I promise guys, no homework here, just curiosity.(adsbygoogle = window.adsbygoogle || []).push({});

I am trying to find dy/dx for the equation y = x^x - C, where C is any arbitrary constant. I've found two ways that SHOULD be ok to take this derivative, but they produce different answers, I was wondering which method is correct and which method is incorrect. Also, why? It seems to me that both of these methods should be ok. Anyways, here they are:

Method 1:

[itex]y = x^x - C[/itex]

[itex]ln(y) = ln(x^x - C)[/itex]

[itex]ln(y) = \frac{x ln(x)}{ln(C)}[/itex]

Now take the derivative:

[itex]\frac{\frac{dy}{dx}}{y}=\frac{1}{ln(C)}(x ln(x))'[/itex]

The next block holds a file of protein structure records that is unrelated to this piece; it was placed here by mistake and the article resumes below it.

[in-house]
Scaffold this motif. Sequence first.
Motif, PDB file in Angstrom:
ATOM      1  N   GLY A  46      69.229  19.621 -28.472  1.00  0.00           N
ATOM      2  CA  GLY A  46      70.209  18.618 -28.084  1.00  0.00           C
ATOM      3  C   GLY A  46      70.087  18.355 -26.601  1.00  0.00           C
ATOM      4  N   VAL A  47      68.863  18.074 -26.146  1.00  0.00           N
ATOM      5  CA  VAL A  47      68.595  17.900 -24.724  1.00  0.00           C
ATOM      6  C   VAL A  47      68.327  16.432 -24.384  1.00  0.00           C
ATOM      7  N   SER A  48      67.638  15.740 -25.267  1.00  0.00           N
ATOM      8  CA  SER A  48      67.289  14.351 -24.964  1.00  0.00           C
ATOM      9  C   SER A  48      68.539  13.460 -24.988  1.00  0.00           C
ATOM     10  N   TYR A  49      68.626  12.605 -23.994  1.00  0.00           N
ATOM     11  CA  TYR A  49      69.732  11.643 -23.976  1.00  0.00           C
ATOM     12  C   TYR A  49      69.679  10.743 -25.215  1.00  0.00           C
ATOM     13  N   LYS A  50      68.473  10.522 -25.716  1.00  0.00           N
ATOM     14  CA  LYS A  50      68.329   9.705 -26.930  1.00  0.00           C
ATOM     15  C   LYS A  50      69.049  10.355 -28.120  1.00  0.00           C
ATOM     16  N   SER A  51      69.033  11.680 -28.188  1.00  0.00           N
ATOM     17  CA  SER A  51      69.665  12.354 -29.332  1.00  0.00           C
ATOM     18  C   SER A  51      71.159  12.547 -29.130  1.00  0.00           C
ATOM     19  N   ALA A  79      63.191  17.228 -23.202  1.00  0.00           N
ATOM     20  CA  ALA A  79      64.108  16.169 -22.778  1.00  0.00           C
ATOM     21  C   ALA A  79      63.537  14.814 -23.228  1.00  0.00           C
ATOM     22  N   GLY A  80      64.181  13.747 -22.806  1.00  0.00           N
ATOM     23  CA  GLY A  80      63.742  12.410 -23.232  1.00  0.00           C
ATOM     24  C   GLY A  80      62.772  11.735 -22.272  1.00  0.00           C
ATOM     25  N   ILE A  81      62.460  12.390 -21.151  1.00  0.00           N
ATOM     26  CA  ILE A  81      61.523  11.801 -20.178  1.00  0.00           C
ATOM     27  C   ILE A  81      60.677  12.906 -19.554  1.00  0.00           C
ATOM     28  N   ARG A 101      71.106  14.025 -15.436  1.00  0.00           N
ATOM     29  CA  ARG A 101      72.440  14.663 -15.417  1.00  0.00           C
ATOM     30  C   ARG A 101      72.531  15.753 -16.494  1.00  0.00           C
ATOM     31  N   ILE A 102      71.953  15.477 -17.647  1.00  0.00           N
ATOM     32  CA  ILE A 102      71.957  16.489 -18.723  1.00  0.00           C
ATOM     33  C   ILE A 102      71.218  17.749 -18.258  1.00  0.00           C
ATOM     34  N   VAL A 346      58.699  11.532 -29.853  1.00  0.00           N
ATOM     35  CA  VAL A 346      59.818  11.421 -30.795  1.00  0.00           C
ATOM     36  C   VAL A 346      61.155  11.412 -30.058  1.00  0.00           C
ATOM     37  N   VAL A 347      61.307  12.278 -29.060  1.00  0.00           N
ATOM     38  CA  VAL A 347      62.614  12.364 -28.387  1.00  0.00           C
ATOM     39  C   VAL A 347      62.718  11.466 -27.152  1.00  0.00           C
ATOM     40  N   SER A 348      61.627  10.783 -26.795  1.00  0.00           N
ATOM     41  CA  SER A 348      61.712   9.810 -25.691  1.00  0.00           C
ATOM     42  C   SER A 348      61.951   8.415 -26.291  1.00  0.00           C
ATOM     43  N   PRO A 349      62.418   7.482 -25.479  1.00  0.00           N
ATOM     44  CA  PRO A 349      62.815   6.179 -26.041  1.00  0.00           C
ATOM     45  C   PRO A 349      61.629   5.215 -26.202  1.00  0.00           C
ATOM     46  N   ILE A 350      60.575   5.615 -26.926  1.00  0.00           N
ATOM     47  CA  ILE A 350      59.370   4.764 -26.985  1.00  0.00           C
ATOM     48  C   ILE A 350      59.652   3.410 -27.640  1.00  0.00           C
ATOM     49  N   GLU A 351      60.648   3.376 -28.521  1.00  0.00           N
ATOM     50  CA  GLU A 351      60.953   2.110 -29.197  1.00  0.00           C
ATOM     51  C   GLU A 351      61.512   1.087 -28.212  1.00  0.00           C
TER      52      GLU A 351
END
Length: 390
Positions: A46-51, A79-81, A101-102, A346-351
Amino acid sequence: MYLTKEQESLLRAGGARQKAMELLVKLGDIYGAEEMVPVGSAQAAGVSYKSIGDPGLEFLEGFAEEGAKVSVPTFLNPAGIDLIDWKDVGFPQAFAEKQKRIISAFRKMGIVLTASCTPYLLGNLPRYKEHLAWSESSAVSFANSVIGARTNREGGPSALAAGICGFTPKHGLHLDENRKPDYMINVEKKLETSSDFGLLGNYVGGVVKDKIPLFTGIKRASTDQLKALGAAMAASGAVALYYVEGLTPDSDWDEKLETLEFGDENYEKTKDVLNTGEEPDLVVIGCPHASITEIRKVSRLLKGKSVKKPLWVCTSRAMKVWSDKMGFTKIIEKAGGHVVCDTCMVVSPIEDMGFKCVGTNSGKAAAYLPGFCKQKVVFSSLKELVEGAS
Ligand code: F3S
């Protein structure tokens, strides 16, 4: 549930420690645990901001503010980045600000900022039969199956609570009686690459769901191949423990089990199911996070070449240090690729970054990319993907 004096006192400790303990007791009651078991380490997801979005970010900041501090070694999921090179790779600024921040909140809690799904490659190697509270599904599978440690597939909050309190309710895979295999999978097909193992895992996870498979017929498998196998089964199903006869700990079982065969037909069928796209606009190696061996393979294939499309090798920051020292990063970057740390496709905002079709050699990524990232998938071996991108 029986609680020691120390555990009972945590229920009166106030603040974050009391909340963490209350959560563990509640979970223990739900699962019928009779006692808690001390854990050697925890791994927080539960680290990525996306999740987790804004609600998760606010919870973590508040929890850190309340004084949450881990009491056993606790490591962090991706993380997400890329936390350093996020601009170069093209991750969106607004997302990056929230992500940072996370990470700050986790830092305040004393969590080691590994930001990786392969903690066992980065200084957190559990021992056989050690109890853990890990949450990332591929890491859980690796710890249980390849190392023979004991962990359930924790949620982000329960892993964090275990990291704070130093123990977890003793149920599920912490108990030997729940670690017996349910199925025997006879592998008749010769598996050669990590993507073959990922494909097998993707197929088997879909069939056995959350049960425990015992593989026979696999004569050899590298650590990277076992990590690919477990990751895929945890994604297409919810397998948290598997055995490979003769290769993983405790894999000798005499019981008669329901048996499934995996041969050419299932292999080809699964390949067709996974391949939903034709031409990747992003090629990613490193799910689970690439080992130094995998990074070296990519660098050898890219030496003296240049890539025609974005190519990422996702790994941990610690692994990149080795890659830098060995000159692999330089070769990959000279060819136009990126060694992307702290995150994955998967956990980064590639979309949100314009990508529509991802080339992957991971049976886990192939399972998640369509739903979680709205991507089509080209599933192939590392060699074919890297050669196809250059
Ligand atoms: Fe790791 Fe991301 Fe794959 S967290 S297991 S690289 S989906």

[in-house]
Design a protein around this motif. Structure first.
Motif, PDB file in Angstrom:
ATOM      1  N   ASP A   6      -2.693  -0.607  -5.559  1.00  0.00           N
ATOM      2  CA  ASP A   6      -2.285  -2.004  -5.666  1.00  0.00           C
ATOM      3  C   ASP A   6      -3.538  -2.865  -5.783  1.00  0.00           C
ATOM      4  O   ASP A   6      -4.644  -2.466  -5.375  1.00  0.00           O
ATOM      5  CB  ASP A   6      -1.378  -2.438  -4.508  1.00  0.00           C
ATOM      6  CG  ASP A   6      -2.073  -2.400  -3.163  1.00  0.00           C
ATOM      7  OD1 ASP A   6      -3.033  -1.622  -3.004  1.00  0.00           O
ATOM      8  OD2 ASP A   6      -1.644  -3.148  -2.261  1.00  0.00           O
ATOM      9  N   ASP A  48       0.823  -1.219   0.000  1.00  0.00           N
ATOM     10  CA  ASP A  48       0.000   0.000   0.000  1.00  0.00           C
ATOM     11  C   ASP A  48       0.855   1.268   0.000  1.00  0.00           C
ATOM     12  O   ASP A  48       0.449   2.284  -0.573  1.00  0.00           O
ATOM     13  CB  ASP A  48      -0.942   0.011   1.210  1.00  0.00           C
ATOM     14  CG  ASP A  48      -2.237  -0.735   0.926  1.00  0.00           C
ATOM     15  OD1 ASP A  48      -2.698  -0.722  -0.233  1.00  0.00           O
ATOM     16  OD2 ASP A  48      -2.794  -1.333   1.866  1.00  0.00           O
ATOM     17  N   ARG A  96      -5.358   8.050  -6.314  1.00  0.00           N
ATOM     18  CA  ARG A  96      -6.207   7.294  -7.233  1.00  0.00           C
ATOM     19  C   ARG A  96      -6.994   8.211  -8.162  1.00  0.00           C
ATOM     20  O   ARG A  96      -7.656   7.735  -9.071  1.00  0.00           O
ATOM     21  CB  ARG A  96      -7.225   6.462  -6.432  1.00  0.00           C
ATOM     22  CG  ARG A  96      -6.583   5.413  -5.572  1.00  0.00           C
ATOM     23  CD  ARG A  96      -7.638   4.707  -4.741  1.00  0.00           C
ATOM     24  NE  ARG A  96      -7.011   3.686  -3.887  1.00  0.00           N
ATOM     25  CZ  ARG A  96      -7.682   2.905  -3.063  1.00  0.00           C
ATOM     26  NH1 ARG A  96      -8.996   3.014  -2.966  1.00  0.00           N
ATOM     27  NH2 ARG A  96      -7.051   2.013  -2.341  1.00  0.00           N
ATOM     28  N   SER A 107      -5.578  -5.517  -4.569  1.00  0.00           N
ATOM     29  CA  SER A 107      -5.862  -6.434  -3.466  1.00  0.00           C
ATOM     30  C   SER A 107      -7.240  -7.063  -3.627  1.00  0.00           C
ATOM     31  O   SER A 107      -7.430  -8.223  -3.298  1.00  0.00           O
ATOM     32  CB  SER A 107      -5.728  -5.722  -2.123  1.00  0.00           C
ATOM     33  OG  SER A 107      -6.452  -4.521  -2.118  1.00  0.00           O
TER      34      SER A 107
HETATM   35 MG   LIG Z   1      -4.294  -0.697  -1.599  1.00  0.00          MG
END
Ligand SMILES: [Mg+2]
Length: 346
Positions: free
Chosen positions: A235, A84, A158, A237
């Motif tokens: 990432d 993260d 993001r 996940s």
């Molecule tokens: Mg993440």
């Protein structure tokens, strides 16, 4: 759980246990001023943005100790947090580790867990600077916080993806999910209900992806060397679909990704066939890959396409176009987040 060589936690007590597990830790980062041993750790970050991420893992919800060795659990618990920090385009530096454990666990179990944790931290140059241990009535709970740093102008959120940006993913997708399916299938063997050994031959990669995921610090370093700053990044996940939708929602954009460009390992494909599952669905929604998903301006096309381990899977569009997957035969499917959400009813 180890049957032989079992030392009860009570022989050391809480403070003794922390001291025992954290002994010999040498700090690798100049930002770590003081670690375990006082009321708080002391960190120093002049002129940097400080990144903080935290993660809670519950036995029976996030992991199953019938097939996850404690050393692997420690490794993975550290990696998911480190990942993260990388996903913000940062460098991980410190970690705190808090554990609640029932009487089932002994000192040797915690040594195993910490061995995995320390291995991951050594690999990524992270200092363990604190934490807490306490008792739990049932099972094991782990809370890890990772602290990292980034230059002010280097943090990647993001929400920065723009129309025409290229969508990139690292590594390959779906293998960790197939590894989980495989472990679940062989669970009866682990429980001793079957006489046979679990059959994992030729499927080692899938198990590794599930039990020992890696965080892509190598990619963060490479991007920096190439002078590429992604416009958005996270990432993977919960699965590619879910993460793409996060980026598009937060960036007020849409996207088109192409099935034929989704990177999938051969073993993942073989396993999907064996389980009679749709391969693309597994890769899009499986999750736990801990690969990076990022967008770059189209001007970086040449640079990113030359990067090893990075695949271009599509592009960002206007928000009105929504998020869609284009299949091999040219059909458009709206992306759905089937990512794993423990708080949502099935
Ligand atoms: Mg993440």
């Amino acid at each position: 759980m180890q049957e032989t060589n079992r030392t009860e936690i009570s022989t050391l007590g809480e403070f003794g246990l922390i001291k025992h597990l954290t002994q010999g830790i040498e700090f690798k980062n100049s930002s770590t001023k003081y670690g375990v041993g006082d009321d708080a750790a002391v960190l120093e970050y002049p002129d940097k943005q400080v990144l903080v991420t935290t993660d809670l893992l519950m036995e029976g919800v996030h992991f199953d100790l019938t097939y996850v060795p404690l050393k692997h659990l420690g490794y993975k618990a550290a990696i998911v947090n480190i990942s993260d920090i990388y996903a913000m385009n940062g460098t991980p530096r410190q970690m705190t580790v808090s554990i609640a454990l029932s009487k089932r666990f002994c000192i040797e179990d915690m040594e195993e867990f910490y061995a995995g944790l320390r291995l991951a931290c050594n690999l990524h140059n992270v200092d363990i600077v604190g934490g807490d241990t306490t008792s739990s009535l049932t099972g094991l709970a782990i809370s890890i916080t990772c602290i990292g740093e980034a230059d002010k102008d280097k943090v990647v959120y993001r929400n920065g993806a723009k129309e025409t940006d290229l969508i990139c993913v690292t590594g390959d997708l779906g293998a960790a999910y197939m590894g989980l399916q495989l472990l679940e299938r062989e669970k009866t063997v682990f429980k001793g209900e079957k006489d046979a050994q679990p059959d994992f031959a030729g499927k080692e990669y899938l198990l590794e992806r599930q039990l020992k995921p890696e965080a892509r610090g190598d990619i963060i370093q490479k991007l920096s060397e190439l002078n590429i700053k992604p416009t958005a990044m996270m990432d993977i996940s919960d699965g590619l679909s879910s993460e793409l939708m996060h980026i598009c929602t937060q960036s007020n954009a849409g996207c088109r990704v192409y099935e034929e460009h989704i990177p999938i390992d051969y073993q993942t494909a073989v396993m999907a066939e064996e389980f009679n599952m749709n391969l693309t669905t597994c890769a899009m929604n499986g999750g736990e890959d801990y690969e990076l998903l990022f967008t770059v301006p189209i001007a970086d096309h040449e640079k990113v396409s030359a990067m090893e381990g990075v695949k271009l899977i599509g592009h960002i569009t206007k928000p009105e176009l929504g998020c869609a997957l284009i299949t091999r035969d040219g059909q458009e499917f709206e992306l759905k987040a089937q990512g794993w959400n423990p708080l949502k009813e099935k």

Using the Product Rule, it can be seen that [itex](x ln(x))' = ln(x) + 1[/itex]. Therefore:

[itex]\frac{dy}{dx}=\frac{y}{ln(C)}(ln(x) + 1)[/itex]

[itex]\frac{dy}{dx}=\frac{x^x}{ln(C)}(ln(x) + 1)[/itex]

Method 2:

[itex]y = x^x - C[/itex]

[itex]y' = (x^x)' - C'[/itex]

[itex]y' = (x^x)'[/itex]

[itex](x^x)'[/itex] can be evaluated using method 1 for the equation [itex]y = x^x[/itex]

[itex]\frac{dy}{dx} = x^x(ln(x) + 1)[/itex]

Method one seems a bit less hand wavy, so I'm more confident in it; however, the derivative shouldn't depend on C, so that makes me lean more toward Method 2.

Anybody have any input they'd be willing to share?

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# How to take this derivative?

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